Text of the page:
WIPO Arbitration and Mediation Center
ADMINISTRATIVE PANEL DECISION
UNIQA Insurance Group AG v. Super Privacy Service LTD c/o Dynadot
Case No. D2019-0334
1. The Parties
Complainant is UNIQA Insurance Group AG of Vienna, Austria, represented by Schönherr Rechtsanwälte GmbH, Austria.
Respondent is Super Privacy Service LTD c/o Dynadot of San Mateo, California, United States of America (“United States”).
2. The Domain Name and Registrar
The disputed domain name <uniqainsurance.com> is registered with Dynadot, LLC (the “Registrar”).
3. Procedural History
The Complaint was filed with the WIPO Arbitration and Mediation Center (the “Center”) on February 13, 2019. On February 13, 2019, the Center transmitted by email to the Registrar a request for registrar verification in connection with the disputed domain name. On February 14, 2019, the Registrar transmitted by email to the Center its verification response confirming that Respondent is listed as the registrant and providing the contact details. In response to a notification by the Center that the Complaint was administratively deficient, the Complainant filed an amendment to the Complaint on February 19, 2019.
The Center verified that the Complaint together with the amended Complaint satisfied the formal requirements of the Uniform Domain Name Dispute Resolution Policy (the “Policy” or “UDRP”), the Rules for Uniform Domain Name Dispute Resolution Policy (the “Rules”), and the WIPO Supplemental Rules for Uniform Domain Name Dispute Resolution Policy (the “Supplemental Rules”).
In accordance with the Rules, paragraphs 2 and 4, the Center formally notified Respondent of the Complaint, and the proceedings commenced on February 20, 2019. In accordance with the Rules, paragraph 5, the due date for Response was March 12, 2019. Respondent did not submit any response. Accordingly, the Center notified Respondent’s default on March 13, 2019.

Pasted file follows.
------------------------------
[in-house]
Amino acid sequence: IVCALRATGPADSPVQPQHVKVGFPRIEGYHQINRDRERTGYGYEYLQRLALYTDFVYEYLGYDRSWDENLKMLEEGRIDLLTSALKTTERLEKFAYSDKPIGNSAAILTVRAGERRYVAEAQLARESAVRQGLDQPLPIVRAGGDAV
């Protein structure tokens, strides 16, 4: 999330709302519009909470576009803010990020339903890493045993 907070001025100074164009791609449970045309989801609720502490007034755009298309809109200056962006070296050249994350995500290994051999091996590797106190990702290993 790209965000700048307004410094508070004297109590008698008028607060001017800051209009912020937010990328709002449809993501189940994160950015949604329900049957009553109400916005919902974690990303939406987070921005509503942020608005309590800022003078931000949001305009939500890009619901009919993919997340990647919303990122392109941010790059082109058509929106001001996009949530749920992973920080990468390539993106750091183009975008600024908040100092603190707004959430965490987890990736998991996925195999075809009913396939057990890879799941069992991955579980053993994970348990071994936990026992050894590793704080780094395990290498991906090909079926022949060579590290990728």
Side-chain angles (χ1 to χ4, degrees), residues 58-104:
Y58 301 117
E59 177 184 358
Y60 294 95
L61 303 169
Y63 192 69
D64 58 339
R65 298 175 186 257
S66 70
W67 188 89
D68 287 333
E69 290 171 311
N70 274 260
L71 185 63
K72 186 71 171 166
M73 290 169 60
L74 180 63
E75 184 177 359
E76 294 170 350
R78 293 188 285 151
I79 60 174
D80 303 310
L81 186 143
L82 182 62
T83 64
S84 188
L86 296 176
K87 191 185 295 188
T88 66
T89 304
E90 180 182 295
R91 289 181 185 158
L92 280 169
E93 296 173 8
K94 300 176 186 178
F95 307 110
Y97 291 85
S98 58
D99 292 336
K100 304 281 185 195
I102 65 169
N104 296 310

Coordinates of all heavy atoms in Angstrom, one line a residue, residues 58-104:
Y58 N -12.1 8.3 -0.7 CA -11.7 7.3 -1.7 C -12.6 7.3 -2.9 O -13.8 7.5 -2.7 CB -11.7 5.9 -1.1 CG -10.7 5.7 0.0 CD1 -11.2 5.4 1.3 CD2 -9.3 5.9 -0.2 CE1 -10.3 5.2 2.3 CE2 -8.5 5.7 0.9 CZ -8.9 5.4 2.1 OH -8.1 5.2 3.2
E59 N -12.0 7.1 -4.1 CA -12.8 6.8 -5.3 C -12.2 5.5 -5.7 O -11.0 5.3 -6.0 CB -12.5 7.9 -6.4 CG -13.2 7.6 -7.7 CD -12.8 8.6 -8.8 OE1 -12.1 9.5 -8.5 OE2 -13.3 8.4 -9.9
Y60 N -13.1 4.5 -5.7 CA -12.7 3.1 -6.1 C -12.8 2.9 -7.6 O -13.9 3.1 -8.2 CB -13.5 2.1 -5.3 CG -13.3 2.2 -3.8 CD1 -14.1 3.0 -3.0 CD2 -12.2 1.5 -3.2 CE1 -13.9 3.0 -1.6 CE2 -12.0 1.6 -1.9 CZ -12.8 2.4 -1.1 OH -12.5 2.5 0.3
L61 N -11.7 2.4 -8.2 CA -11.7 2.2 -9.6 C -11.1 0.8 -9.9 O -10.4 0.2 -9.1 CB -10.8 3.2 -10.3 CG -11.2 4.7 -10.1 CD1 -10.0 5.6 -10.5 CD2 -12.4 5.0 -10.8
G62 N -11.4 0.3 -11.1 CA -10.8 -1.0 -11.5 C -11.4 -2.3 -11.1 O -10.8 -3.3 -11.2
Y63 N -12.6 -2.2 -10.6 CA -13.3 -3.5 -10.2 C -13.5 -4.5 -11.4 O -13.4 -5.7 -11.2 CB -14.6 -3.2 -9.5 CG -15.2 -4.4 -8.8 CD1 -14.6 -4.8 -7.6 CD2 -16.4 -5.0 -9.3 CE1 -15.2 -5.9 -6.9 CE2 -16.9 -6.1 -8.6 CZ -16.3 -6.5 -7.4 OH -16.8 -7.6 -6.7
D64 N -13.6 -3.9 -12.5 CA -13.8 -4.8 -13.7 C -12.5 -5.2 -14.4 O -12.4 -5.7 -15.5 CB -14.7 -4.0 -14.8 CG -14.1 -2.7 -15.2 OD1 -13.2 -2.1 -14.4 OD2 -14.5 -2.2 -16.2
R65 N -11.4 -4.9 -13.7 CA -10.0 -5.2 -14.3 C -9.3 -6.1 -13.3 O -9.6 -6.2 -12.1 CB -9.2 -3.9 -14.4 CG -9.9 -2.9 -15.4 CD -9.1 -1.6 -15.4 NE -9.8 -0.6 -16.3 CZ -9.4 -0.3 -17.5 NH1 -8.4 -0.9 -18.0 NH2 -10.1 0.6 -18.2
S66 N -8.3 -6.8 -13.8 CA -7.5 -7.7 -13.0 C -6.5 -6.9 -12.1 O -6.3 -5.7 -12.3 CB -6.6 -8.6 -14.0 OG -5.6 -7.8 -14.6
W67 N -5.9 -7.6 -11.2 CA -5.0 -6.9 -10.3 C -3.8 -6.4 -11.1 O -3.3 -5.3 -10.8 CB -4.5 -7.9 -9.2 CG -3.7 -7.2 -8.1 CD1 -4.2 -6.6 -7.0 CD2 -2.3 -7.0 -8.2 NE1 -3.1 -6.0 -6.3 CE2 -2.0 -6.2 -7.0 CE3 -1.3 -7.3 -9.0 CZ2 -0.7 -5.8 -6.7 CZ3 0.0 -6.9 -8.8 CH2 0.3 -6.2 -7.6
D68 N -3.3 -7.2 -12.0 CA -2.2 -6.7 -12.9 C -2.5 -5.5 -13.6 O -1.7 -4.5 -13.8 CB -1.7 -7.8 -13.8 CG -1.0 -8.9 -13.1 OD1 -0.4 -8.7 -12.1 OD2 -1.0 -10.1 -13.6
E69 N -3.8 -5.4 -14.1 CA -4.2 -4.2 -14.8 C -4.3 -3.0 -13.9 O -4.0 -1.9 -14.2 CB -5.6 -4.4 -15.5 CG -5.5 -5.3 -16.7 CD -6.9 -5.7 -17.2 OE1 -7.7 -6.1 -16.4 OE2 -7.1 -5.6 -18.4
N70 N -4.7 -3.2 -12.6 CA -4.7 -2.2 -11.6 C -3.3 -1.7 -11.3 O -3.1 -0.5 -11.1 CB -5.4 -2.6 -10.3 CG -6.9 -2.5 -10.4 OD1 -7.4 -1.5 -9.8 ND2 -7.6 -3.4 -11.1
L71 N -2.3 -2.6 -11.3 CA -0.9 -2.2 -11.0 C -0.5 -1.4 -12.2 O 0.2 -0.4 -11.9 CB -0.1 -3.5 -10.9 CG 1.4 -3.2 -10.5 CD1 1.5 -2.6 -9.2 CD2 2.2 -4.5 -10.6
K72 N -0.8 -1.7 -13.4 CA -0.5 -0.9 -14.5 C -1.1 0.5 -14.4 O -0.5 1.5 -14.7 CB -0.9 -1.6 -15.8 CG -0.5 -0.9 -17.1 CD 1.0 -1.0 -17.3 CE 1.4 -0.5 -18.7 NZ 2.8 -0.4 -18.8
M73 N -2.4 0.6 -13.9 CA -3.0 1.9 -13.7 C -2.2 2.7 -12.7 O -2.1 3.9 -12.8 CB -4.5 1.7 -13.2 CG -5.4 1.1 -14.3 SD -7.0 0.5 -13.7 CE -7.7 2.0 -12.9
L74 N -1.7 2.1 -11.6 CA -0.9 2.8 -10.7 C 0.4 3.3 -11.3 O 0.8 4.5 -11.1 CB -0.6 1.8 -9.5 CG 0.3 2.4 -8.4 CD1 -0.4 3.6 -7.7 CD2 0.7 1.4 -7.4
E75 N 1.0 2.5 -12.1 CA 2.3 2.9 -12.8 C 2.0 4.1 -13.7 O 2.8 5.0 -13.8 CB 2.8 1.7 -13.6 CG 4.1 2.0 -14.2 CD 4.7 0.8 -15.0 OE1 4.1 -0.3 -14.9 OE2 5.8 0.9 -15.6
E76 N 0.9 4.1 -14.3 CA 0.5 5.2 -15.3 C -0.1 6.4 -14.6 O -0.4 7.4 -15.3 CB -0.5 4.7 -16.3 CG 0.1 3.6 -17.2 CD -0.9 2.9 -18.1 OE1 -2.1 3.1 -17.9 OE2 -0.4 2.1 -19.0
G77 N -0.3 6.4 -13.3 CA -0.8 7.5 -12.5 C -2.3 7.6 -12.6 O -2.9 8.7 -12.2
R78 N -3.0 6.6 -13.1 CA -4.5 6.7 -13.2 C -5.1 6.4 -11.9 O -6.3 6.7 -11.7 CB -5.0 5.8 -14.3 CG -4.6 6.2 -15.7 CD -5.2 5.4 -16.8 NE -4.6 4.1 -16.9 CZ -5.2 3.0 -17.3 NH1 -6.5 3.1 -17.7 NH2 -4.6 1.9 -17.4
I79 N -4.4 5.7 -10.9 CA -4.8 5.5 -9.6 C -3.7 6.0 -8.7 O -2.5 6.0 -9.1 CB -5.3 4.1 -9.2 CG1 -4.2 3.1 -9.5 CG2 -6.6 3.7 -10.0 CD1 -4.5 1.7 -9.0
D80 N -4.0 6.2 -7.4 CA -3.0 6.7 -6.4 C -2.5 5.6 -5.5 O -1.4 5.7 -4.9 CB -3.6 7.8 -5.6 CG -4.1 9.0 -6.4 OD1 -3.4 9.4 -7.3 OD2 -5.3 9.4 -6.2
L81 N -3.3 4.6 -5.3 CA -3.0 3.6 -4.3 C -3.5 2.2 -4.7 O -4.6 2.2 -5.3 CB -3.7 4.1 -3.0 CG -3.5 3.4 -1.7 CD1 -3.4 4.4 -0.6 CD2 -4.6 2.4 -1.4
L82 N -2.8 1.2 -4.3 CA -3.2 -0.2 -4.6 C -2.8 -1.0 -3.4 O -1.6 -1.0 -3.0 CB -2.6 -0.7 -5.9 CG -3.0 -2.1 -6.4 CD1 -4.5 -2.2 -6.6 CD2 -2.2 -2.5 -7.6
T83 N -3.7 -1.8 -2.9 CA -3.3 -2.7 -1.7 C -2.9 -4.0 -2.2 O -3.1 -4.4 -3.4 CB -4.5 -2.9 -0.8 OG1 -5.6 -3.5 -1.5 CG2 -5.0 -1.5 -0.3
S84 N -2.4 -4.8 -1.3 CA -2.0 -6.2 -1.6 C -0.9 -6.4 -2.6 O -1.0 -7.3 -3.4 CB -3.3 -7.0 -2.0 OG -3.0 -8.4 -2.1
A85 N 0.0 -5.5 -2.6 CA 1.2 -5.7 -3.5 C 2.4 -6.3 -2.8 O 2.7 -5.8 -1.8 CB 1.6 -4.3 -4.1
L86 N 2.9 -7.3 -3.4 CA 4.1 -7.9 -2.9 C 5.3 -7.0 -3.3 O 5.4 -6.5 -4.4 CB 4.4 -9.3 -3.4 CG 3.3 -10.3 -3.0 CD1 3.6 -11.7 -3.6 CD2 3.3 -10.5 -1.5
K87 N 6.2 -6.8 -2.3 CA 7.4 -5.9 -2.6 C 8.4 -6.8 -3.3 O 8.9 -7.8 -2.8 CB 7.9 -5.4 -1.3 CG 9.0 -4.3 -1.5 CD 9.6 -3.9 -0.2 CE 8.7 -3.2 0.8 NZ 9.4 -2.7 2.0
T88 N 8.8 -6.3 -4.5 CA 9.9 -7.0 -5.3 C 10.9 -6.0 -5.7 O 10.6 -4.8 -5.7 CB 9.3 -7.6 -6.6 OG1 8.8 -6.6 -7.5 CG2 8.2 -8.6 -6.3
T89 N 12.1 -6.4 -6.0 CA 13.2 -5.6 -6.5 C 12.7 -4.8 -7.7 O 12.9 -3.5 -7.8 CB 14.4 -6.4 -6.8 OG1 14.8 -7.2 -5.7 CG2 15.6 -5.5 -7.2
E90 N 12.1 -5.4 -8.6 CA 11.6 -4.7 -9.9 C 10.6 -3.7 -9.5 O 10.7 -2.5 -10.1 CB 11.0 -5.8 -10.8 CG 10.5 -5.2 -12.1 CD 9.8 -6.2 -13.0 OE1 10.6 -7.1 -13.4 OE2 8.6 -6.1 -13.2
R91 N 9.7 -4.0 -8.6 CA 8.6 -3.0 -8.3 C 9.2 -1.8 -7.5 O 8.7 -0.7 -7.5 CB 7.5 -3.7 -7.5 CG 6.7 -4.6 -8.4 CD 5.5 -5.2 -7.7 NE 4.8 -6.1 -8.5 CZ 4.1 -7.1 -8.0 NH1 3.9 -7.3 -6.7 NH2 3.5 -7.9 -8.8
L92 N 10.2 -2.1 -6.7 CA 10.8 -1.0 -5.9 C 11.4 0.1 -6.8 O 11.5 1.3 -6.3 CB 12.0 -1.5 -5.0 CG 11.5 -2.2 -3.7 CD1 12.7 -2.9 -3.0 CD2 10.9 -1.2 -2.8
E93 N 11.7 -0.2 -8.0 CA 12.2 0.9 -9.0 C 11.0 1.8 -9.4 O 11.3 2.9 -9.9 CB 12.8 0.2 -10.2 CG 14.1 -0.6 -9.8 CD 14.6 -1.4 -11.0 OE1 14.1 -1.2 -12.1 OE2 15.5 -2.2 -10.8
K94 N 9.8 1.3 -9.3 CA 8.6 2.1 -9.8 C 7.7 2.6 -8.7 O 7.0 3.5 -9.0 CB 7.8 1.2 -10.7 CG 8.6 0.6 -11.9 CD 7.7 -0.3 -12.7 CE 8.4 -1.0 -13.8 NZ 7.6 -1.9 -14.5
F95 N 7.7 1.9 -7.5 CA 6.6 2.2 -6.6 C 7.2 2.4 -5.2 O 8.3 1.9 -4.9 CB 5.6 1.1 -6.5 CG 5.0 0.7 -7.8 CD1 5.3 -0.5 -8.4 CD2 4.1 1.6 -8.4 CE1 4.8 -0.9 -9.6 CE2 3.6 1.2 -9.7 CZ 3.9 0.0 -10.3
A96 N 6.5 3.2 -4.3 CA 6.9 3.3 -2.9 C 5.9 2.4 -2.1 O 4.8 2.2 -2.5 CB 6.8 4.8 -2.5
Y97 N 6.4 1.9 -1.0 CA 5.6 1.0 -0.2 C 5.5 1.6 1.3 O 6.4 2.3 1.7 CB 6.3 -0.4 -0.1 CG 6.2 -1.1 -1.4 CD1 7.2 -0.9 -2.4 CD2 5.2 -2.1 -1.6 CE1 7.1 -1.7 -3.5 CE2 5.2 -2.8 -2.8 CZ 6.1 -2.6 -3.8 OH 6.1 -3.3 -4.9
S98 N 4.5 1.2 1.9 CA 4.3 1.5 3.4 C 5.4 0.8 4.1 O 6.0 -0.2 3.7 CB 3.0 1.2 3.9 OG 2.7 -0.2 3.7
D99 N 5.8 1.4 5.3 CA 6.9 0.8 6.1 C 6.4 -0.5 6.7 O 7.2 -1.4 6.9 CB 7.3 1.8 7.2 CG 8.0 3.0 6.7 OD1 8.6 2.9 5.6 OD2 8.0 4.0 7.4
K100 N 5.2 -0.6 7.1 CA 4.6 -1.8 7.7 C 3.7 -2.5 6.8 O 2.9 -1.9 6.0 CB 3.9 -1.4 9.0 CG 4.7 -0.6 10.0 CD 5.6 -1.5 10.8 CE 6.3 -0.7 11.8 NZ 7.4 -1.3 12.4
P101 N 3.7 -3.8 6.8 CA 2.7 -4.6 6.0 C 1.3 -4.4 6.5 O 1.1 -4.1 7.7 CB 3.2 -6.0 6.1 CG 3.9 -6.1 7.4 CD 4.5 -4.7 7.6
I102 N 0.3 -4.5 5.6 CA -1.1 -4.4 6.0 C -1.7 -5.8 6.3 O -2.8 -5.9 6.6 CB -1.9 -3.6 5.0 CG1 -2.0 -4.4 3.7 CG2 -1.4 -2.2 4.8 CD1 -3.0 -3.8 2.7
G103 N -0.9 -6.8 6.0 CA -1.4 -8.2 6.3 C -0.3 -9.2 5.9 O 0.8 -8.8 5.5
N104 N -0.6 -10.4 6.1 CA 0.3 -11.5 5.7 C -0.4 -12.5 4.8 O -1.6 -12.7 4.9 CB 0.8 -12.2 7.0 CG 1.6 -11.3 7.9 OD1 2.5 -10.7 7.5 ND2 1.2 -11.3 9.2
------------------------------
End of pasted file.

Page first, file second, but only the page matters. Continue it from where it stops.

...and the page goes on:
The Center appointed Stephanie G. Hartung as the sole panelist in this matter on March 22, 2019. The Panel finds that it was properly constituted. The Panel has submitted the Statement of Acceptance and Declaration of Impartiality and Independence, as required by the Center to ensure compliance with the Rules, paragraph 7. On April 2, 2019, the Panel issued an Administrative Panel Order No. 1 regarding what appears to be a third party offering to transfer the disputed domain name. The Parties did not reach a settlement and the Panel proceeded to issue the decision.
4. Factual Background
Complainant is a public stock listed company organized under the laws of Austria that belongs to the leading insurance groups in Austria and Central and Eastern Europe.